Skip to main content

Update of occurrence and hunting yield‐based data models for wild boar at European scale: new approach to handle the bioregion effect


Disclaimer: The present document has been produced and adopted by the bodies identified above as authors. This task has been carried out exclusively by the authors in the context of a contract between the European Food Safety Authority and the authors, awarded following a tender procedure. The present document is published complying with the transparency principle to which the Authority is subject. It may not be considered as an output adopted by the Authority. The European Food Safety Authority reserves its rights, view and position as regards the issues addressed and the conclusions reached in the present document, without prejudice to the rights of the authors.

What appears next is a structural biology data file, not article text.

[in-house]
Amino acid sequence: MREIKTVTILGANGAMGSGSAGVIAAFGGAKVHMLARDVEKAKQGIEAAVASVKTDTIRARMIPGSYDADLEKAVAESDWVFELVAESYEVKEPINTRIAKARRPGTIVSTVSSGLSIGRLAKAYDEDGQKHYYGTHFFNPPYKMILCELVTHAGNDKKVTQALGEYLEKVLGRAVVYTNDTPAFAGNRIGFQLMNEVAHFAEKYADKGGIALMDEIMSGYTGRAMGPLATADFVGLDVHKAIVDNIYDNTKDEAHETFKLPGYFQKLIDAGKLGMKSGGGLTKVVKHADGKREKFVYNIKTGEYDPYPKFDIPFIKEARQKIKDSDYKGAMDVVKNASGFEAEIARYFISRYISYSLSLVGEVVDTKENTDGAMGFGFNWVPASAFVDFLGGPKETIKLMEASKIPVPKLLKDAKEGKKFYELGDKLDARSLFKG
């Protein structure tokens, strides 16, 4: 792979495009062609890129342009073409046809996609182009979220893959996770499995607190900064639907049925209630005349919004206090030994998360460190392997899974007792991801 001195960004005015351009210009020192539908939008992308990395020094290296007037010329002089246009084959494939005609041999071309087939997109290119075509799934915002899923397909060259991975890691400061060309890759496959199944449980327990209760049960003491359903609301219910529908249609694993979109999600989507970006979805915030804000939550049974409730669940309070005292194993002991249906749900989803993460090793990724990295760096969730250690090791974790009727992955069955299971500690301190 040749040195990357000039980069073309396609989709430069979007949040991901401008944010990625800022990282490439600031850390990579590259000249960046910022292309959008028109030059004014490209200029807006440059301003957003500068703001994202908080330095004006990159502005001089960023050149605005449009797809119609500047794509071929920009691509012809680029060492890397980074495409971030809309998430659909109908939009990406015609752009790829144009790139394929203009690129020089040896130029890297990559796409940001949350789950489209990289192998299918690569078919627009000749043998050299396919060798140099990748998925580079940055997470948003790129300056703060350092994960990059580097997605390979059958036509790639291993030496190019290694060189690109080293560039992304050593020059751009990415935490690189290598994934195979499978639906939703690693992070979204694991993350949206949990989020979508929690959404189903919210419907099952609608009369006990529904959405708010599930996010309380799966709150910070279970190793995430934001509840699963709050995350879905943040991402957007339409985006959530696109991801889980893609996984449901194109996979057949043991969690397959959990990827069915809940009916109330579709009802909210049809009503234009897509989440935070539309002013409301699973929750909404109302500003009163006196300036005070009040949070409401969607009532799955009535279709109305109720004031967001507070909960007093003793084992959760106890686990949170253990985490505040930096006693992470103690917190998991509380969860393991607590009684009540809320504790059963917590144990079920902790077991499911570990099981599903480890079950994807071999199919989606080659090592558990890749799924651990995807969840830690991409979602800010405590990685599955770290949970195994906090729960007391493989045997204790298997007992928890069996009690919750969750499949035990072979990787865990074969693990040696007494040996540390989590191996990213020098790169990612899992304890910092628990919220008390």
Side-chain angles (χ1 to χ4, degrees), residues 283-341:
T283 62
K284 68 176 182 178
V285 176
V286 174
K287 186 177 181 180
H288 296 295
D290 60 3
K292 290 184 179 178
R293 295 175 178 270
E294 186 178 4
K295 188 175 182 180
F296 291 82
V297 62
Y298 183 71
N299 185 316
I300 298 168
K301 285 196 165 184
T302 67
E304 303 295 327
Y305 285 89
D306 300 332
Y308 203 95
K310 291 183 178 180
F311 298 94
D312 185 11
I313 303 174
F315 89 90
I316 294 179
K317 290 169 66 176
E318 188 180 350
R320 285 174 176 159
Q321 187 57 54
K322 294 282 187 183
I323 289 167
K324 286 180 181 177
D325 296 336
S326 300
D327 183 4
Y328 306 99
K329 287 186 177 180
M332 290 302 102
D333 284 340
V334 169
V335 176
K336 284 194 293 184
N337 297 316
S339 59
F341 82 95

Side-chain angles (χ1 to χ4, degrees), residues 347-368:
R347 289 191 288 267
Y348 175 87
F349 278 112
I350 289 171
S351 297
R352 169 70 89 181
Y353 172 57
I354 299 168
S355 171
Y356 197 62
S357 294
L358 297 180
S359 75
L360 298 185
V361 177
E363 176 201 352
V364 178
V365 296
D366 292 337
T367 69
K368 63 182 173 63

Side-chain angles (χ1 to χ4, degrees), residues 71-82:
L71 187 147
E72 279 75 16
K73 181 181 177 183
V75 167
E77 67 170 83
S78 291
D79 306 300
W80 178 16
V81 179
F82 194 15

The ENETWILD consortium updated in August 2019 suitability maps of wild boar occurrence and relative abundance based on hunting statistics, providing predictions at 10x10 km. External validation of this relative abundance model and a new downscaling on a 2x2 km grid was addressed in the ENETWILD report in January 2020. In this report, we update and incorporate additional data to provide new maps of wild boar suitability with a resolution of 2x2 km, obtained from a presence‐only algorithm, and a new model based on hunting yield data for MS and neighbouring countries. Hunting yield‐based modelling provides further novelties in two ways: new predictor variables and new (two) modelling approaches, i.e. smooth bioregion modelling and two‐step independent bioregion modelling). Internal validations and comparisons among previous and new suitability and hunting yield models were also addressed, as well as external evaluation of the best new approach at European scale (at country level). The suitability map showed a good agreement with the expert‐derived species range published by the International Union for Conservation of Nature. New models of relative abundance performed in general better than the previous one according to internal validations, concretely the two‐step independent bioregion approach gives the best validation scores. This approach solved the abrupt changes in predictions between bioregion boundaries. As with the previous model, the external evaluation of the new model based on hunting yield presented certain over‐prediction of the total hunting bags reported per country, although a high linearity between observed and predicted values was achieved. Previous and new hunting yield model predictions showed disagreements particularly in North and East regions, and other scattered areas in South and West, being areas in which the new model provides more reliable predictions. Hunting yield model outputs showed a relevant improvement in smoothing transitions between bioregions due to the flexibility provided by the new approach. Our analysis showed only partial agreement between suitability and relative abundance models, and reasons for these differences are discussed in this report.